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May 25, 1998


Hardware is hard to do

First HP drops India as manufacturing base. Now Wipro fails
to set up a printer plant. Should we hit the panic button?

Email this story to a friend. A staff writer in Bombay

The Wipro Infotech group's plan to pioneer the manufacturing of inkjet printers in the country has come a cropper because it has not been able to secure the technology for making 'print heads', a critical component in any inkjet device.

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This follows a similar attempt less than a year ago by Hewlett-Packard. In July 1997, the multinational had rejected the proposal of its Indian subsidiary for setting up a $ 400 million manufacturing unit in India to produce the 'inkjet pen', a high-tech component in non-impact printers.

One of the main reasons HP cited for the cancellation of the HP project was poor infrastructure and various bottlenecks restricting timely import of raw materials and export of finished products. HP had, instead, shortlisted China and Malaysia for the same project.

But that was one year ago. Since then the Manufacturers Association for Information Technology has drawn up huge plans for making India not only the IT design centre of the world but also a formidable base for hardware manufacturing.

Yet the Wipro Infotech group's difficulty in getting the 'printer head' technology transferred to its plants must ring alarm bells about the global perception of India's viability as an IT manufacturing base.

Unnamed sources in Wipro have revealed to the press that Wipro had initiated talks with almost all major inkjet printer manufacturers like Canon, Epson and HP.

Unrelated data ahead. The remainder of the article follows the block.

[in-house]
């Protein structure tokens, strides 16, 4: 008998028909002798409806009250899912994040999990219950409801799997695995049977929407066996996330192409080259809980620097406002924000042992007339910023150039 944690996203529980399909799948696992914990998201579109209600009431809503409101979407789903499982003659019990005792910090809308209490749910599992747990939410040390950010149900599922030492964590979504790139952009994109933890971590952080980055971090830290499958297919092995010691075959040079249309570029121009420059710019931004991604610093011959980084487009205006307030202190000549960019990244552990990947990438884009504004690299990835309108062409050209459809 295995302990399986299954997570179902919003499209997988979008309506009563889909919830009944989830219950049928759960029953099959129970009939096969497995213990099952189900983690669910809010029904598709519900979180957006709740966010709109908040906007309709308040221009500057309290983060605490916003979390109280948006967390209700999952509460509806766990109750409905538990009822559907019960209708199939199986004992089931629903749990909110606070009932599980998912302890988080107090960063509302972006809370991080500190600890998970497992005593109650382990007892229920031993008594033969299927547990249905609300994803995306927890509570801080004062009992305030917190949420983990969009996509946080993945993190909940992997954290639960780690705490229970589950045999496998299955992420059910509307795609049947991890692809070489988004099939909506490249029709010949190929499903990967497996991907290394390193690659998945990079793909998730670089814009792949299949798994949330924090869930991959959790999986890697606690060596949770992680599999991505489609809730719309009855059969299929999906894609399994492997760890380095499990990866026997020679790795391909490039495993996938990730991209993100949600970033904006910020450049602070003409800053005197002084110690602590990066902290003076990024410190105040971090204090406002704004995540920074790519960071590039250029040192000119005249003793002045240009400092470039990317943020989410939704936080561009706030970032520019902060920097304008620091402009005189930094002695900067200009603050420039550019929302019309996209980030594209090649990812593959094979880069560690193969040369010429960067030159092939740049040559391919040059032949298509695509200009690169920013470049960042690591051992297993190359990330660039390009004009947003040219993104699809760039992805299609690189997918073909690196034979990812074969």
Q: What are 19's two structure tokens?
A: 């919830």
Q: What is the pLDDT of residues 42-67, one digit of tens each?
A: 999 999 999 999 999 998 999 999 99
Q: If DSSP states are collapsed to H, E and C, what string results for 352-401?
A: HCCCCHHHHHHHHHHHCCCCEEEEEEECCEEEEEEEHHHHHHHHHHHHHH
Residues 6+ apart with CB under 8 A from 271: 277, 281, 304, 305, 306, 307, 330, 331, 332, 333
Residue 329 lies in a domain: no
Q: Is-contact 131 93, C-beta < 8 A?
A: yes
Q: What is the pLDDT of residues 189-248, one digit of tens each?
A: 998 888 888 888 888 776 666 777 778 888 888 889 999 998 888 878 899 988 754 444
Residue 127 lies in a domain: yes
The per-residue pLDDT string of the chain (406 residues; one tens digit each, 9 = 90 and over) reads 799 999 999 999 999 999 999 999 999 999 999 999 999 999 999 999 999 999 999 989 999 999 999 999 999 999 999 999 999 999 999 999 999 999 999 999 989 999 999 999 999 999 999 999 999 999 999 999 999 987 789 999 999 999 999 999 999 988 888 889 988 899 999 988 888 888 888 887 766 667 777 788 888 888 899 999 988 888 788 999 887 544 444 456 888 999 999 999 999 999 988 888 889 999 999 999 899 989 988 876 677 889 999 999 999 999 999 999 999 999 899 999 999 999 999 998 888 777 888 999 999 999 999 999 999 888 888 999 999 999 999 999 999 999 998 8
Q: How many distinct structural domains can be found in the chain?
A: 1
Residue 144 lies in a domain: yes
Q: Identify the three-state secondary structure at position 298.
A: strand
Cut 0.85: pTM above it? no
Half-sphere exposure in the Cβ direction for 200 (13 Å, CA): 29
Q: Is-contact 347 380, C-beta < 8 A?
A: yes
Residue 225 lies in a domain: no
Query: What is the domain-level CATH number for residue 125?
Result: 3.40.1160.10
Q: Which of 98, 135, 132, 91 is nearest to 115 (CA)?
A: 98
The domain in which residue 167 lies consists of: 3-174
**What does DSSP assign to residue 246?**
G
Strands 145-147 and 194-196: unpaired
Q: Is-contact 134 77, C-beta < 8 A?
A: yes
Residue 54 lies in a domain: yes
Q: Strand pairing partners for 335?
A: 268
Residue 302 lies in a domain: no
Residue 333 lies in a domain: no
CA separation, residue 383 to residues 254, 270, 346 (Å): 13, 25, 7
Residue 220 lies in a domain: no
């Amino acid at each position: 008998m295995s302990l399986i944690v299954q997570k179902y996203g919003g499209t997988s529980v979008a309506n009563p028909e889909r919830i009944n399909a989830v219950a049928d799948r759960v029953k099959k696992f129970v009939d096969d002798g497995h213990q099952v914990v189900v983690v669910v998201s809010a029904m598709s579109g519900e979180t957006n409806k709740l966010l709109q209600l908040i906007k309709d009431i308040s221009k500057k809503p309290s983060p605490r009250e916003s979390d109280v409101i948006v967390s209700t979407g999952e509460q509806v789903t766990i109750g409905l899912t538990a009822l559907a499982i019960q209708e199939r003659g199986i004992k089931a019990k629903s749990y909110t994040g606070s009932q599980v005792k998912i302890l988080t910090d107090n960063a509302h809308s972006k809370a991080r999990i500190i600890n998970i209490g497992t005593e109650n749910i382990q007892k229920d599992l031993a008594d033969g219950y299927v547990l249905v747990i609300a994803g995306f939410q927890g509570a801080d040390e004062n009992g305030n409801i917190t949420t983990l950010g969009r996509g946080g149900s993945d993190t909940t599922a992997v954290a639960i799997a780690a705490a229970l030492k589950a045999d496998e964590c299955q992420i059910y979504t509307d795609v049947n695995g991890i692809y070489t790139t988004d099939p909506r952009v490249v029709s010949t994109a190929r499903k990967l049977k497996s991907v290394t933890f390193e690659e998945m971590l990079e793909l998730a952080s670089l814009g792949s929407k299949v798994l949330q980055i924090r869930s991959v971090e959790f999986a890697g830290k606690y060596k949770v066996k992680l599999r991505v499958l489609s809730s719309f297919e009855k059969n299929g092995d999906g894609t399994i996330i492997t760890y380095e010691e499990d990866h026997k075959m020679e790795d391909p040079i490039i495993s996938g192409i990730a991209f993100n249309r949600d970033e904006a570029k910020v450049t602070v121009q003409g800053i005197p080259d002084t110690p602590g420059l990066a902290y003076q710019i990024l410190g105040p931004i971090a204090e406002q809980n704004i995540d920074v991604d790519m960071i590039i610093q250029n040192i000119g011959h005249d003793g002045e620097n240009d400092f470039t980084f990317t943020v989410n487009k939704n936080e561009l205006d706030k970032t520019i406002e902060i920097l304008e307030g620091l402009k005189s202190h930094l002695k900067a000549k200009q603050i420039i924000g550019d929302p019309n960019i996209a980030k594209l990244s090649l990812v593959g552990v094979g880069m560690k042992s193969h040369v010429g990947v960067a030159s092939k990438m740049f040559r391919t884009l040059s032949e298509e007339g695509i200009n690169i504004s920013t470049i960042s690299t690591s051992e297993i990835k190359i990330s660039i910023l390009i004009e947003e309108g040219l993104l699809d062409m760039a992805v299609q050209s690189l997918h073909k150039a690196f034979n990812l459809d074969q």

"While they offered us only partial technology, we wanted only transfer of full technology... Without transferring technology for print heads, domestic manufacturing will be quite impossible," the sources have been quoted as saying.

Following revival of talks with Canon last year, Wipro had planned to manufacture inkjet printers at its Mysore factory with an initial investment of Rs 5 million.

Wipro has a deal with Canon of Japan, which enable the sale of inkjet printers in India under the 'Wipro Genius' brand name. It was expected that the deal would be extrapolated to Wipro's manufacturing plans.

In fact, Wipro had redrawn its manufacturing plans for 1997-98 as part of a reoriented strategy following the announcement of the last Union Budget.

The Budget had slackened the restrictions imposed by the 'minimum alternative tax' on export oriented units among other concessions granted to the domestic manufacturing sector.

As immediate fallout of the Budget, Wipro had decided to revive its earlier plans to indigenously manufacture inkjet printers in collaboration with Canon of Japan.

Even this idea was put on hold the previous year following drastic import duty reductions announced in that year's Budget which made domestic manufacturing unfavourable.

However, Wipro decided to go back to Canon and, "talk it over once again".

The company had drawn up some manufacturing plans before 1996-97 but had to stall all those activities because of the 1996 Budget, which had made domestic manufacturing unattractive.

However, following the 1997 Budget, Wipro had announced the taking up a good amount of manufacturing activities.

Now, Wipro and Hewlett Packard have announced a deal for distribution of HP's range of laser printers and deskjets in India!


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